Since the onset of the HIV/AIDS epidemic — a disease transmitted by infected intravenous paraphernalia or through sexual contact — the virus has infected more than 50 million people in the world in the past 20 years. With more than 30 million deaths, HIV/AIDS is the fourth leading cause of mortality.

At the present spread rate of the disease, AIDS patients could occupy 70 percent of the available hospital bed space in America by the year 2010, leaving only 30 percent of the available space for the treatment of all other diseases, afflictions and accidents.

Despite what we know about the health effects of tobacco, Americans are still spending an average of $31 billion annually on tobacco products. In addition, $58 billion is spent on alcohol consumption and $586.5 billion on gambling. Then, on top of that, $250 billion is spent annually on the medical treatment of tobacco- and alcohol-related diseases.


This steady shift of the spending patterns of Americans has been very obvious in contributions to churches and charitable organizations.

The Barna Research Group reports that since 2000, 78 percent of American adults have contributed to a church, charitable organization or nonprofit organization at least one time. That is down from 90 percent between the years 1990 and 1999.

Sixty-one percent of those giving gave to a church — also down from 77 percent 10 years ago. However, only 6 percent of adults gave 10 percent (a tithe) to the church, and less than 2 percent gave more than a tithe to such things as offerings, special projects and missions.

Total global church income in 2000 was $12.3 trillion. Of that amount, $213 billion was given to causes such as radio, TV, book publication, counseling and so on. Of the $11.4 billion given to missions, only 5.4 percent went to foreign missions. And 87 percent of that amount was for work among people who were already Christians. That left only 13 percent of foreign missions contributions to evangelize the entire non-Christian world.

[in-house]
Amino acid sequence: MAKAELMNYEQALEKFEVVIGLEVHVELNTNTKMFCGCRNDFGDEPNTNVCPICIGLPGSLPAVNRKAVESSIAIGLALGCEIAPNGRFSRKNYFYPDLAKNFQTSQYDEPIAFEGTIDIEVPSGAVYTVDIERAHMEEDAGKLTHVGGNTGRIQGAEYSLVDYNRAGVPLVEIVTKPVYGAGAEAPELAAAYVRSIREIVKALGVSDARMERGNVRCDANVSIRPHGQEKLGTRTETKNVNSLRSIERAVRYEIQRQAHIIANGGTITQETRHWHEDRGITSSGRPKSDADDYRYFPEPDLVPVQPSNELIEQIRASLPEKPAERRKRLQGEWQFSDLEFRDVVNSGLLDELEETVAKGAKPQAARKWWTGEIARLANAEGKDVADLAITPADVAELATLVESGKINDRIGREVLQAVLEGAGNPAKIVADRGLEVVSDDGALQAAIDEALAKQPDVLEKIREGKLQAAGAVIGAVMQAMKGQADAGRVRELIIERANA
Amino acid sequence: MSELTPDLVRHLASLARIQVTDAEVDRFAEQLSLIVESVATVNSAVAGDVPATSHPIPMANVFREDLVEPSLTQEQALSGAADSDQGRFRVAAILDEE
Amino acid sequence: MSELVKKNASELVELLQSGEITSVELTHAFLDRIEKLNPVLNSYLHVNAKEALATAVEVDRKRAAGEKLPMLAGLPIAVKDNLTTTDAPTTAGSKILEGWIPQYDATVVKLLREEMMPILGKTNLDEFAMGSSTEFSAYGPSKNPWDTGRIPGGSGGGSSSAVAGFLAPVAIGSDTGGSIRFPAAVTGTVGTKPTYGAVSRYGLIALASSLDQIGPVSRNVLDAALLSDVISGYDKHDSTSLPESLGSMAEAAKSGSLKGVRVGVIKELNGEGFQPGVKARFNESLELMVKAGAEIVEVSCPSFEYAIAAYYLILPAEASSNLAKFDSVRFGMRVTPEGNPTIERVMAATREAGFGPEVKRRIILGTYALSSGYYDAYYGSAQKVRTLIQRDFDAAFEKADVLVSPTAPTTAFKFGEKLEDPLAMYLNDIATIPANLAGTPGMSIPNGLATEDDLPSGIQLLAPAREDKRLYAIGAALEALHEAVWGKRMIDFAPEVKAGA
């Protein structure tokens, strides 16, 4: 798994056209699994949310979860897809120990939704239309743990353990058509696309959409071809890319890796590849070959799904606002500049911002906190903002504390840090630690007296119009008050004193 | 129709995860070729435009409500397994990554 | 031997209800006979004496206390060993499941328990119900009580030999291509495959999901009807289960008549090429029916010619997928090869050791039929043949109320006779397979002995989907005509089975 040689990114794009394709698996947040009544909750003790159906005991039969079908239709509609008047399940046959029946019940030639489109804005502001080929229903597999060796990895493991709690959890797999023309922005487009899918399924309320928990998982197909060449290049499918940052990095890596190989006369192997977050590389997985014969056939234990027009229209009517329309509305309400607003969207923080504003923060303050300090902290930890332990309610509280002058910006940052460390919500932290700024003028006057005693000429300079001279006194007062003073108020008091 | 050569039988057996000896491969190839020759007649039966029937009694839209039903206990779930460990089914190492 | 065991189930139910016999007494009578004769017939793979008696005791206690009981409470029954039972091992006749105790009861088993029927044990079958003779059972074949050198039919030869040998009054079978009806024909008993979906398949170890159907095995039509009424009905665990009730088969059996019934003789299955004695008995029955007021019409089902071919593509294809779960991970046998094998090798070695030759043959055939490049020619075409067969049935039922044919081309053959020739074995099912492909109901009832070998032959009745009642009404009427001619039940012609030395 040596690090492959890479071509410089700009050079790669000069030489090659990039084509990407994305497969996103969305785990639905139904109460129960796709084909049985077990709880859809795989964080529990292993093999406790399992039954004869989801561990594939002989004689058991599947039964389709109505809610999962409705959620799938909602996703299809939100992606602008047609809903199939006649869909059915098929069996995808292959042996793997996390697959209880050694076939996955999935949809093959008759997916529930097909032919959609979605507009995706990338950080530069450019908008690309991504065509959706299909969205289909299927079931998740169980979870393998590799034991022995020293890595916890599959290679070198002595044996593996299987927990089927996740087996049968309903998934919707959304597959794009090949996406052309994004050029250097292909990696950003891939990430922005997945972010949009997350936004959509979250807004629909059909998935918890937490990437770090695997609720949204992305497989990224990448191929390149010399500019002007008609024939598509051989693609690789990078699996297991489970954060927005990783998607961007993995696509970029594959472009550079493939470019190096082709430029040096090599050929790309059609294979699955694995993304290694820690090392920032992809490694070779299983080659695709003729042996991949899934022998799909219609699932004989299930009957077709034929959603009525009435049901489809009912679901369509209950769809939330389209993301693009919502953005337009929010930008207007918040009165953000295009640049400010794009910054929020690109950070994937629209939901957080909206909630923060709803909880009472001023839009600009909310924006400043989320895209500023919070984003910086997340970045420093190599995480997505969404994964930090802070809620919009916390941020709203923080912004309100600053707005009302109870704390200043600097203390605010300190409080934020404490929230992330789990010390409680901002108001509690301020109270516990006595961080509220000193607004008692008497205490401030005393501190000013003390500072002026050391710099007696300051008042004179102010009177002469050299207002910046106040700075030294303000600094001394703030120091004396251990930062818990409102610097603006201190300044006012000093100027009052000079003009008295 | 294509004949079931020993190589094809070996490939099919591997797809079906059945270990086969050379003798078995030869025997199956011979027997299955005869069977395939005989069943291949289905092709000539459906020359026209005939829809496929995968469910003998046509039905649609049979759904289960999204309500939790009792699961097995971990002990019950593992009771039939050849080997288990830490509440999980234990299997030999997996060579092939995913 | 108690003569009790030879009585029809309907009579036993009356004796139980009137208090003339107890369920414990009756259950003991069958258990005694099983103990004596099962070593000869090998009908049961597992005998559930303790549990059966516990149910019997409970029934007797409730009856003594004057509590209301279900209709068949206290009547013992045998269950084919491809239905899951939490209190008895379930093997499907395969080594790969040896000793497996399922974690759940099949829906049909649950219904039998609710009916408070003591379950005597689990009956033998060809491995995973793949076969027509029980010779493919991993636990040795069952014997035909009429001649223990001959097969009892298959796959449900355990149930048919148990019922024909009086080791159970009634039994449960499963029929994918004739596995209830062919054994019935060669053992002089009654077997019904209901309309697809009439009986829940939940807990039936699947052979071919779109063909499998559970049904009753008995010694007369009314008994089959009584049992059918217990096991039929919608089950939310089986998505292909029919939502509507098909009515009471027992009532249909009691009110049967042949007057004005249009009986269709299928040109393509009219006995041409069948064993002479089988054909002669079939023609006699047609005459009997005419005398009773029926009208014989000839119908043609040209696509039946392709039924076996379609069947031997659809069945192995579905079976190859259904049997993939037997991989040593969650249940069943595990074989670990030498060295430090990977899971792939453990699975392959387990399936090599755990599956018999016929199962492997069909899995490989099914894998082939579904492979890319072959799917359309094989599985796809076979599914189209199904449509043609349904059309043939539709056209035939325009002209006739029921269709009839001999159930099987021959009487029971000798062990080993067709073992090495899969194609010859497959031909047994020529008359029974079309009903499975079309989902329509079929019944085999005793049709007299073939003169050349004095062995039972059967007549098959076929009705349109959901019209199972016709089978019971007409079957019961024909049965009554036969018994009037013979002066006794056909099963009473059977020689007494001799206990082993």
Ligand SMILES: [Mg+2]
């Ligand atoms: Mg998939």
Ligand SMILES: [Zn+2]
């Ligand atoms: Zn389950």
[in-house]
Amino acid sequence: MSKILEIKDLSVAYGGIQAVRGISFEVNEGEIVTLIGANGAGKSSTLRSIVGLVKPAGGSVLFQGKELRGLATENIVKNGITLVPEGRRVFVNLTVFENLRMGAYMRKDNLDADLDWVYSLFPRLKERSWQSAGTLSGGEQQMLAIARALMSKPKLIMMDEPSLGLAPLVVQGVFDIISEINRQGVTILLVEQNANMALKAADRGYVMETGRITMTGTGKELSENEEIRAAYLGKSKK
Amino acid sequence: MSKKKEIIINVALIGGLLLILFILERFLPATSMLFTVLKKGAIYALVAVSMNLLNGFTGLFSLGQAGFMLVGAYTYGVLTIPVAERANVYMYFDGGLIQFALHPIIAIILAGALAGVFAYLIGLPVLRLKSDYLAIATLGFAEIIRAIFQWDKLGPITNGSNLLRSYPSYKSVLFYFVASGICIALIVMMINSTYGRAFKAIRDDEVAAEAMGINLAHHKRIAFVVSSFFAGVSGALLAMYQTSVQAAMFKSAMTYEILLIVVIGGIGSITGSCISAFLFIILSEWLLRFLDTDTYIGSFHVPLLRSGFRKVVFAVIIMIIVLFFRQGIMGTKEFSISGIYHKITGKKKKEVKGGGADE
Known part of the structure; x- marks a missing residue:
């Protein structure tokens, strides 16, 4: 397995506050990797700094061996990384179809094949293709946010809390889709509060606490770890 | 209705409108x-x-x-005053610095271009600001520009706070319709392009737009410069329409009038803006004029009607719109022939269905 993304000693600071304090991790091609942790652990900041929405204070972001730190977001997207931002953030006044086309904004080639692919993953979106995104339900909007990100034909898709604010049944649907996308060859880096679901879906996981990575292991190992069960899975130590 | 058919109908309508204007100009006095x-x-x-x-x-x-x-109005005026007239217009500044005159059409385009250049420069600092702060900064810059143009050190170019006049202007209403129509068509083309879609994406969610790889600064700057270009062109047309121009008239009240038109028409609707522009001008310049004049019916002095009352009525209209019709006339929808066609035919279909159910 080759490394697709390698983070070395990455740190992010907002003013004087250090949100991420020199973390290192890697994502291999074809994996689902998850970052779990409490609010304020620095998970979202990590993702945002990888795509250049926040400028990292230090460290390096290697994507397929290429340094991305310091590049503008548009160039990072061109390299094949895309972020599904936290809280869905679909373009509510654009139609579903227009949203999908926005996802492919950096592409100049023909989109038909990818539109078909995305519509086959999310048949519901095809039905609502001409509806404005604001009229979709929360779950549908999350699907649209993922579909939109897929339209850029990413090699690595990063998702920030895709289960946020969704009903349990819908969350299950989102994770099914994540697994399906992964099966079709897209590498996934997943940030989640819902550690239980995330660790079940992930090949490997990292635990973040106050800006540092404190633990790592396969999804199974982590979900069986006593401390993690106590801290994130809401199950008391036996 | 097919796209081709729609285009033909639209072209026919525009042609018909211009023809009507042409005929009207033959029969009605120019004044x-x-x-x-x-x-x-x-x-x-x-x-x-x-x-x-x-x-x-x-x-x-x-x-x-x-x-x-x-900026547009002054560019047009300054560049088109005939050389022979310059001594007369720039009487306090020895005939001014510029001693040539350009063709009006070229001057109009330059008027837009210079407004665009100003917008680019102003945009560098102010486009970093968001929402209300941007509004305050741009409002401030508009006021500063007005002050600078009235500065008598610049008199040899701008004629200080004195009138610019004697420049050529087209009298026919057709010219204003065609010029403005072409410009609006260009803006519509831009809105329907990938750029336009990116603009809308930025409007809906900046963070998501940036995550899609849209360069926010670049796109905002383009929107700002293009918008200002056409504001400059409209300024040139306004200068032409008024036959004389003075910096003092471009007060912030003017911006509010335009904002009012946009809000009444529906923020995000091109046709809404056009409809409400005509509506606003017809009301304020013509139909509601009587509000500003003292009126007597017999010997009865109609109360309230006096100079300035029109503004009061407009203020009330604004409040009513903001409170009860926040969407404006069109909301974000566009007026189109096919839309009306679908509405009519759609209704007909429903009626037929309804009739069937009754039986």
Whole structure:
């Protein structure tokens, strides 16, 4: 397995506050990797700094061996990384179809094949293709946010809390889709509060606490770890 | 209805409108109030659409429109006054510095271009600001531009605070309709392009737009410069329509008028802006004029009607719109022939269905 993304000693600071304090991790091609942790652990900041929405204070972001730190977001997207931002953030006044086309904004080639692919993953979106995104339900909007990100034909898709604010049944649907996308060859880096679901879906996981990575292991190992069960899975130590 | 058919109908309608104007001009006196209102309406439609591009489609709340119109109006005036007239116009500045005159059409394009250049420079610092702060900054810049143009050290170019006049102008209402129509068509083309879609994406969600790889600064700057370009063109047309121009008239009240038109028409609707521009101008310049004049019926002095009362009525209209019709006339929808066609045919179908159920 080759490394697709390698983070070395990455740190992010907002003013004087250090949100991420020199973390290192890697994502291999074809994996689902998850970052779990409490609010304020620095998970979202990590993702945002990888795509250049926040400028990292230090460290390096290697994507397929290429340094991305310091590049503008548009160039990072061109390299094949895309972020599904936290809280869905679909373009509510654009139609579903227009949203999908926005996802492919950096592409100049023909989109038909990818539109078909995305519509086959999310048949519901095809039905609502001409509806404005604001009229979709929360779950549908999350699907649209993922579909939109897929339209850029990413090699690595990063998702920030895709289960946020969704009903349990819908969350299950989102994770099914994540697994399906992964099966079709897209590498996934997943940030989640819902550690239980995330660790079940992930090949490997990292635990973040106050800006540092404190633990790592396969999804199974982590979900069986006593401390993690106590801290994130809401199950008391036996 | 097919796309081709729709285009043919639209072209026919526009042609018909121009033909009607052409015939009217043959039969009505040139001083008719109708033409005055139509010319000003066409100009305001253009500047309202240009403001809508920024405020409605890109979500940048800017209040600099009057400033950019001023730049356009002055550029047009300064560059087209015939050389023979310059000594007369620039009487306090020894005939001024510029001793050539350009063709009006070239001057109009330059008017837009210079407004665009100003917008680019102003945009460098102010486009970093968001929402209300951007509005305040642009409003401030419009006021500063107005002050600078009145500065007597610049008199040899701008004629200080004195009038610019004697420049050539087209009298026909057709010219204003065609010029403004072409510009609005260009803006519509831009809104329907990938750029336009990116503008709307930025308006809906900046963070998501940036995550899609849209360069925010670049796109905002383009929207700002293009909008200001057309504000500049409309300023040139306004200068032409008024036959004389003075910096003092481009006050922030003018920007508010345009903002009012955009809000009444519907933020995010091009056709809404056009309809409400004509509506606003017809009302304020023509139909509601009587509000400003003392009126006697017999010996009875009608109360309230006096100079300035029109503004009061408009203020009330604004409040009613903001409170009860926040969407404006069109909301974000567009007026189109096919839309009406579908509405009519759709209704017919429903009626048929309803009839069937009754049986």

Even though money to fund church operations and the Great Commission has declined steadily over the past decade, Americans have annually increased their spending on leisure, hobbies, entertainment, gambling and recreation.

Americans spent $21.3 billion in 2002 on pets — almost twice the amount given to missions worldwide. Then $224 billion was spent to eat out, $67 billion for frozen dinners, $15 billion on junk food snacks, $25 billion on gardening, $22.1 billion on hunting and $191 billion on personal water craft.

This decline in moral standards and values not only has affected our spiritual and emotional welfare but also directly has influenced our value system, priorities, consumer spending and charitable contributions. Personal and national debt, government entitlement programs and how they are funded, insurance and healthcare, our overall economic well-being and the inability to recover from economic downturns can be traced to the moral decline of our nation.


It’s time that American Christians checked their hearts – “For where your treasure is, there your heart will be also…. No one can serve two masters; for either he will hate the one and love the other, or he will be devoted to one and despise the other. You cannot serve God and wealth” (Matthew 6: 21-24).

What has morality got to do with economics? Just about everything.
Howard Dayton is CEO of Crown Financial Ministries. His column replaces the one written for Baptist Press each month by the late Larry Burkett, who died July 4. Dayton and Burkett joined forces in 2000 when Crown Ministries led by Dayton merged with Christian Financial Concepts led by Burkett. The new organization became Crown Financial Ministries.

    About the Author

  • Howard Dayton